Government tax U-turn: Landlords allowed breaks for long-term rentals

August 12, 2022

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Megan Woods: Owners of long-term rentals will get the tax breaks back. Photo/Mark Mitchell

The government has flip-flopped on the parameters of rental housing policy, backing away from scrapping landlord tax breaks.

Housing Minister Megan Woods today announced that owners of more than 20 rentals in one development, offering tenancies of 10 years or more, will now be able to claim mortgage interest deductibility.

This is to encourage this sector to thrive, she said, citing the fast-growing build-to-let sector.

Last year, the government announced that it would remove the benefits landlords enjoyed: the deduction of interest paid on mortgages for rental properties from their tax bills, which encouraged PAYE workers to buy rentals in order to reduce their tax bills.

The changes were first announced last March.

The end of the breaks sparked outrage from landlords, including Ockham Residential chief executive Mark Todd, who said he feared he would be forced to sell 85 apartments.

The change in tax policy has led to gloomy predictions from various interest groups that they will cause the maximum exodus of investors from the residential real estate market.

But homeowners buying a brand new property could still claim their mortgage interest as a tax deductible expense for up to 20 years.

Owners of existing older properties would not be able to recover tax on the interest portion of mortgages for rental units.

Today, Woods framed the U-turn in positive terms.

“We are granting an exemption from the interest limitation rules to certain types of new and existing construction developments for rent in perpetuity,” she said.

To be eligible, developments must offer tenants leases of at least 10 years. Tenants can request shorter agreements if they wish and the development will still qualify for the exemption. Tenants may terminate their lease at any time, subject to 56 days’ notice.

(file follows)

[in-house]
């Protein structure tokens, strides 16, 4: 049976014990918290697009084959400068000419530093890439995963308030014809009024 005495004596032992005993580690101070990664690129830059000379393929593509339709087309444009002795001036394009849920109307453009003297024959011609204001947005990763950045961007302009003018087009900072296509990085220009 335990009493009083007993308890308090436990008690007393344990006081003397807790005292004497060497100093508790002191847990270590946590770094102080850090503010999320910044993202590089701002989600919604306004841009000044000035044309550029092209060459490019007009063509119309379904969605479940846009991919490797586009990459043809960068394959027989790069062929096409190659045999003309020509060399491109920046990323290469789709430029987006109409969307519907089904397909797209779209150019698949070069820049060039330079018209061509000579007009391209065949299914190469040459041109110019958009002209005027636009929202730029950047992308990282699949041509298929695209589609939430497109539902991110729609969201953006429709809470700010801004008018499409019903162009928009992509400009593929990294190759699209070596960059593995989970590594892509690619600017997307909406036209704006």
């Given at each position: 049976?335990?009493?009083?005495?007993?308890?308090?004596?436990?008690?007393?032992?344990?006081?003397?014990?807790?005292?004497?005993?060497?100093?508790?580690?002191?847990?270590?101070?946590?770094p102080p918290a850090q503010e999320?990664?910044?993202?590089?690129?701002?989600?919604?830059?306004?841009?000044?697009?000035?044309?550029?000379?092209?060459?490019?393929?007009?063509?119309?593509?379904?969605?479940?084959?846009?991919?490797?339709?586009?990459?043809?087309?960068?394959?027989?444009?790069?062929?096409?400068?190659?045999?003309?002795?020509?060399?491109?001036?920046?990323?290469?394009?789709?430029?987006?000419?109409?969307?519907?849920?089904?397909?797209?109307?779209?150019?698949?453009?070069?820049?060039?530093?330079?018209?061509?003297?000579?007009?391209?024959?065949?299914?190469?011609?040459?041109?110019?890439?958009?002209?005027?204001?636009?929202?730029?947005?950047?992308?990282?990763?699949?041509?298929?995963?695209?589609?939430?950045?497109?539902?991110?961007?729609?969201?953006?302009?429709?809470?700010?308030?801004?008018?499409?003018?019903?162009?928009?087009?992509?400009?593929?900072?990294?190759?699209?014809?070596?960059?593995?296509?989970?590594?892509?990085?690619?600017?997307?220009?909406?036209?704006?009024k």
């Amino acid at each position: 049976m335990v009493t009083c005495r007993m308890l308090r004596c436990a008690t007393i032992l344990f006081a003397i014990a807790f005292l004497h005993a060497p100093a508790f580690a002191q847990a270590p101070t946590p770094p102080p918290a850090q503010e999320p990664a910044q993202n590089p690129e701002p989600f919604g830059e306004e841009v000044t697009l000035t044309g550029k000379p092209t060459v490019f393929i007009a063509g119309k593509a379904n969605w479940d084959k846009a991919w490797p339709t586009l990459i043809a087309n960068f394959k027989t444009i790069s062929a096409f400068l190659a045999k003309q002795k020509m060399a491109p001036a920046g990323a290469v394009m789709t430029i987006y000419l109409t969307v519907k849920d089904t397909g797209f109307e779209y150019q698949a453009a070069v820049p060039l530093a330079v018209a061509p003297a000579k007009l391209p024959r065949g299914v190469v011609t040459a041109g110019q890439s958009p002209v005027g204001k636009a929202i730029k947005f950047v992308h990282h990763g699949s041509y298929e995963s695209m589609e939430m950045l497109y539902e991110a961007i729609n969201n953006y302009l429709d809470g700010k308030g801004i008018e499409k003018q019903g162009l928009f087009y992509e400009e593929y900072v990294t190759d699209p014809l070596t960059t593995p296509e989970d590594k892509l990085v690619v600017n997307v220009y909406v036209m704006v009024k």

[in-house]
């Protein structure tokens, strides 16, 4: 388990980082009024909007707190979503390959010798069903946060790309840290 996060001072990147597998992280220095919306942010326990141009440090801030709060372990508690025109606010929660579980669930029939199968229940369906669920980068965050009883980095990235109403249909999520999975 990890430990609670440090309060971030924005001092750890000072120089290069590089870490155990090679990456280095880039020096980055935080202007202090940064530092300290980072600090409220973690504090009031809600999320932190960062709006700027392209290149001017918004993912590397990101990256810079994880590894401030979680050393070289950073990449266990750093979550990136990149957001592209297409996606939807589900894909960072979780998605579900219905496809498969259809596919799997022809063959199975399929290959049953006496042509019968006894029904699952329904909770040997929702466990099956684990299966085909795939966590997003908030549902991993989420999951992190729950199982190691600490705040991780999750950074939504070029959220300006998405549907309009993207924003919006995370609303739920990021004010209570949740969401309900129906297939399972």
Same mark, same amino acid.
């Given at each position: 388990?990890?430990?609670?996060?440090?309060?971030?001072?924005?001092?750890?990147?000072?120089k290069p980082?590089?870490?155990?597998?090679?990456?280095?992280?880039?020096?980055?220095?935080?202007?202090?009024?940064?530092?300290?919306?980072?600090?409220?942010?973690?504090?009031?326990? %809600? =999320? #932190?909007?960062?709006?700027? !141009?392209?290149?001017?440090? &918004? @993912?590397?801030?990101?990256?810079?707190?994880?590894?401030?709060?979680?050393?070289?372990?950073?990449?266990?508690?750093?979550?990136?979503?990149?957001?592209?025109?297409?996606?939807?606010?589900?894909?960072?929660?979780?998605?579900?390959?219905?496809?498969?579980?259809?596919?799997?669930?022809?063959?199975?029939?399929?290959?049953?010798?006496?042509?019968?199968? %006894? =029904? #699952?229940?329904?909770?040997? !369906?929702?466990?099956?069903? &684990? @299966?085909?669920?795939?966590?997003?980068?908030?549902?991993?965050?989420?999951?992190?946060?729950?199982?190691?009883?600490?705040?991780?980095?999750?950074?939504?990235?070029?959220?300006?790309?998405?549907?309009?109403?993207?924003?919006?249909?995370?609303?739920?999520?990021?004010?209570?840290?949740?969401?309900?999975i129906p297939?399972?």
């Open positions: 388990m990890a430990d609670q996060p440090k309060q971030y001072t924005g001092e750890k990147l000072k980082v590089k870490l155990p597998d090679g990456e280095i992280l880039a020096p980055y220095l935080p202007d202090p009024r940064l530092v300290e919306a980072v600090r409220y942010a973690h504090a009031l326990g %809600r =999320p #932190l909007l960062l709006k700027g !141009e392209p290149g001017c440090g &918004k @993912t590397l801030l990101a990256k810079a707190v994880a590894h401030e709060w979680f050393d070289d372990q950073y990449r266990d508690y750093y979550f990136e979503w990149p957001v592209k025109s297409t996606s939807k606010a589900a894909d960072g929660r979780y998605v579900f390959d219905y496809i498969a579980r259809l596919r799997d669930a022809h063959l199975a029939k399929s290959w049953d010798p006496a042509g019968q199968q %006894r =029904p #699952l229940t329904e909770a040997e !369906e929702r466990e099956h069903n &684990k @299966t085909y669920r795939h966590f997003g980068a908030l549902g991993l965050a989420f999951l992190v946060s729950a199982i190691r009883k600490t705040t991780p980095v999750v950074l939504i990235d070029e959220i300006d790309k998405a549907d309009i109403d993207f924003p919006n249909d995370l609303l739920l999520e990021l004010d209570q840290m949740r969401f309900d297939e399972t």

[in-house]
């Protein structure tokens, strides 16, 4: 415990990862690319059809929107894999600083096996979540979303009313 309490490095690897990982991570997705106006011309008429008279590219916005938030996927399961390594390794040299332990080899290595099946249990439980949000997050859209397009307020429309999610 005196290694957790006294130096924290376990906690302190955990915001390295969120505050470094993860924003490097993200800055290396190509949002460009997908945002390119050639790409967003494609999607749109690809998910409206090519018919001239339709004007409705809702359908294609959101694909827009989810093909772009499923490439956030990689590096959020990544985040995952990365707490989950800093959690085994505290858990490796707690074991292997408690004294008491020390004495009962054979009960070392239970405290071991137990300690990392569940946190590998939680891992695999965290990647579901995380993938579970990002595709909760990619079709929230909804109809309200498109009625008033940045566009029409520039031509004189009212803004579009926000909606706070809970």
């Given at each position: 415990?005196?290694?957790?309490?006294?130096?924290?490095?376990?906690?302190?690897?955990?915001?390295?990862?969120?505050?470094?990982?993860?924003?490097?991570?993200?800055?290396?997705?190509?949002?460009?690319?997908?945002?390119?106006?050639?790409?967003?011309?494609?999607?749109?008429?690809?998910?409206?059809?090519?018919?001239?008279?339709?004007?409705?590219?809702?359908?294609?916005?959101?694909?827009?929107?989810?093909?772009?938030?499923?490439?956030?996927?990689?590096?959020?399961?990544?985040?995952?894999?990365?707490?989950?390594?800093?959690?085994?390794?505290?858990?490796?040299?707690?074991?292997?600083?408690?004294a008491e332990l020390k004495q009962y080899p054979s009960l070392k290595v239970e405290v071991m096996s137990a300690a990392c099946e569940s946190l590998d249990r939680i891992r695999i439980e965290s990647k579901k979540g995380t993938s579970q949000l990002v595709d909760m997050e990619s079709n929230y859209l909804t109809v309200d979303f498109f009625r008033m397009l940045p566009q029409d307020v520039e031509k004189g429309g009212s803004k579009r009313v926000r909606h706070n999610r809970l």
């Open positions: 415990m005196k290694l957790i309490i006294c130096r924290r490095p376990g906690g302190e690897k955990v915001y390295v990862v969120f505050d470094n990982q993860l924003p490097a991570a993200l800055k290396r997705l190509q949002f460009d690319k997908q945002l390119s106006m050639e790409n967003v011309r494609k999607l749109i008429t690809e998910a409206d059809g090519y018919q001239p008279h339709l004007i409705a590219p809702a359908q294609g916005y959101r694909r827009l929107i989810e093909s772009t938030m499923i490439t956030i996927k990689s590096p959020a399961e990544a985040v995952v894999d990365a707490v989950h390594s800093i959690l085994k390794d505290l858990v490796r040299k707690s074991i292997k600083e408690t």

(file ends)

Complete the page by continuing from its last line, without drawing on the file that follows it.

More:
“We believe that security of tenure is essential for people who rent. This requirement will allow people to settle in and personalize their home, reduce the frequency with which they have to find new accommodation and all moving costs. associates, especially as people face the costs of life challenges and help them build and maintain connections with their community,” she said today.

“We recognize the important role that the build-to-let sector can play in filling a gap in the general rental market by increasing the supply, density and diversity of housing.

“Aotearoa New Zealand needs to build more homes where they are needed and at prices affordable to low-to-moderate income households. Building for rental can help continue the current momentum of new supply and improve quality rental units with new homes that are warm, dry and safe,” she said.

A spokesman for Woods denied it was a turnaround because the announcement on interest deductibility last year indicated the minister would do more work on the construction sector for rent.

Leonie Freeman, Managing Director of the Property Council.  Photo / Doug Sherring
Leonie Freeman, Managing Director of the Property Council. Photo / Doug Sherring

Leonie Freeman, chief executive of the Property Council, welcomed the turnaround.

“Today’s announcement is one of the best levers to unlock the potential of build-to-let. We support the government’s drive to allow build-to-let to provide warm, dry rental accommodation that provide Kiwis with long-term security of tenure,” she said.

Woods said the legislation would be presented to parliament at the end of August.

The Herald reported how Woods was seeking policy advice to encourage the build-to-rent market.

Last November, Todd of Ockham said the government wanted to eliminate mortgage interest deductions on loans for purpose-built rental properties, which would put existing urban properties in Ockham at a huge disadvantage to be built for rental.

Teachers and emergency service workers were among the buildings’ long-term tenants, but may have to find new homes if Ockham sells, he said.

“It’s weird that [Housing Minister] Megan Woods supports the BTR sector to provide more new, warm and safe occupancy properties, but [Revenue Minister David] Parker is happy to kill vendors who already follow government policy,” Todd complained last year.

“I could be forced to sell 85 rental units worth $60 million to $80 million if the interest, which is the main cost of owning these buildings, becomes non-deductible,” Todd said, referring to the apartments that the company owns at Sandringham, Gray Lynn, Ellerslie and Mt. Albert.

Mark Todd of Ockham at Domaine Wintergarden.  Photo / Fiona Goodall, Getty Images
Mark Todd of Ockham at Domaine Wintergarden. Photo / Fiona Goodall, Getty Images

On a single project, Ockham could lose a $500,000 mortgage interest tax deduction, he said. He cited a $22 million development 50% funded by an $11 million loan, resulting in annual interest charges of $500,000, Todd said in November.

The rental construction industry is growing rapidly at home and abroad.

Thousands of new build apartments for rent in Auckland are planned and many are being developed by NZX-listed Kiwi Property, expanding in Sylvia Park and due to start soon in its LynnMall.

Greg and Helen Reidy’s Reidy & Co and Kim Barrett’s Resident Properties are also developing apartments to be built on three sites in central Auckland and bought an Ockham block a few months ago.

Reidy said he expects the first three apartment buildings to have a total value of about $210 million.